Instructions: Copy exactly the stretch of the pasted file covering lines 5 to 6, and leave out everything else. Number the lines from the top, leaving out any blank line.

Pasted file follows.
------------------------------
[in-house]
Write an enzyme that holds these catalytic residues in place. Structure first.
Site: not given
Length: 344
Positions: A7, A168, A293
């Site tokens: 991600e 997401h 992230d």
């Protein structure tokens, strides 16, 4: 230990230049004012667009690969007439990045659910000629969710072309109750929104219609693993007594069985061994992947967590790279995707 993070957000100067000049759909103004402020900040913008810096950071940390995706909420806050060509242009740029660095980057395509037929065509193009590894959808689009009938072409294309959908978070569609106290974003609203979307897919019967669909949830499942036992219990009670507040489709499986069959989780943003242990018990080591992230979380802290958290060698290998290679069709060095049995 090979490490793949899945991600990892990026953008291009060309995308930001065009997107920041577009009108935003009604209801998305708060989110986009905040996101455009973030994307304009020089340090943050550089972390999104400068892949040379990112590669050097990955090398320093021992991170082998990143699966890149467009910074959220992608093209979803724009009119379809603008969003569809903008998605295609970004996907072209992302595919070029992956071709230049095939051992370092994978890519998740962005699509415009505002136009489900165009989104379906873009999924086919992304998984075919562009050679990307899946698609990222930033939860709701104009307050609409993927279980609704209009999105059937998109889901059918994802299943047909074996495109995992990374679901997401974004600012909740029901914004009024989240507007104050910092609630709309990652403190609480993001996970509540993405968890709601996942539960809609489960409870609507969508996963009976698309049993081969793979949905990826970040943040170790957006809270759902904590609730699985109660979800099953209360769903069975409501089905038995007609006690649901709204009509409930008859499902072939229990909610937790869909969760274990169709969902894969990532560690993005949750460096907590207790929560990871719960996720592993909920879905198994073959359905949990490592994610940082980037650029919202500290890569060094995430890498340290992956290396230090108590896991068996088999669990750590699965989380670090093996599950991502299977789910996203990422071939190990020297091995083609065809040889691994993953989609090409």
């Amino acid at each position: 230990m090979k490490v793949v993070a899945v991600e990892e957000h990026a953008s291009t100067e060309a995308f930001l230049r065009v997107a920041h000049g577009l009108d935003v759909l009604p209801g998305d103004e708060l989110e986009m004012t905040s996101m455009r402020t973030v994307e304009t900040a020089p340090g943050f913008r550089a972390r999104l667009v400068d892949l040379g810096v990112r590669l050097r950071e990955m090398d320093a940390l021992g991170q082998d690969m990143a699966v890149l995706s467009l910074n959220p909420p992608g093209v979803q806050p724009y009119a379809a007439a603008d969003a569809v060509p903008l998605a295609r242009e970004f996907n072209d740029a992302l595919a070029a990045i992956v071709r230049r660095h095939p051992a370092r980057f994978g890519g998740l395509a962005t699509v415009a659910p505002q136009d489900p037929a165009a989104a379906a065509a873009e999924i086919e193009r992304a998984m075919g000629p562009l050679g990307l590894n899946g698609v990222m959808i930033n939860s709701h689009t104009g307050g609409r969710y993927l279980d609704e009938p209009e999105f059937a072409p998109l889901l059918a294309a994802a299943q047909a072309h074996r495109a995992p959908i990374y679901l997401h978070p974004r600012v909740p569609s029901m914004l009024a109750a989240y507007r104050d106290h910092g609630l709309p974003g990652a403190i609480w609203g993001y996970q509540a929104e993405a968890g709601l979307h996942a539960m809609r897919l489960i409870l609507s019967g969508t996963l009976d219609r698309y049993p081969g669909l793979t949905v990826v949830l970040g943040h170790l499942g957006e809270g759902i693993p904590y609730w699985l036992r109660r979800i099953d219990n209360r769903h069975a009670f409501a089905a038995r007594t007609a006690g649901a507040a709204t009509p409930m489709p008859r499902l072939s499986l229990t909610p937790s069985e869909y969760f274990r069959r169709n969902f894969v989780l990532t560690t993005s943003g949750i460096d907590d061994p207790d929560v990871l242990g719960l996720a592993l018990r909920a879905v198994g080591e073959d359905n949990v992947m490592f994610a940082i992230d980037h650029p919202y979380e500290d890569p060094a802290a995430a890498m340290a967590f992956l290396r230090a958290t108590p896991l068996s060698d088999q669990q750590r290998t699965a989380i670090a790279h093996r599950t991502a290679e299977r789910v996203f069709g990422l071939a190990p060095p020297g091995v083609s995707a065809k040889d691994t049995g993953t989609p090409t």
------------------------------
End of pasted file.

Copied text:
Positions: A7, A168, A293
């Site tokens: 991600e 997401h 992230d």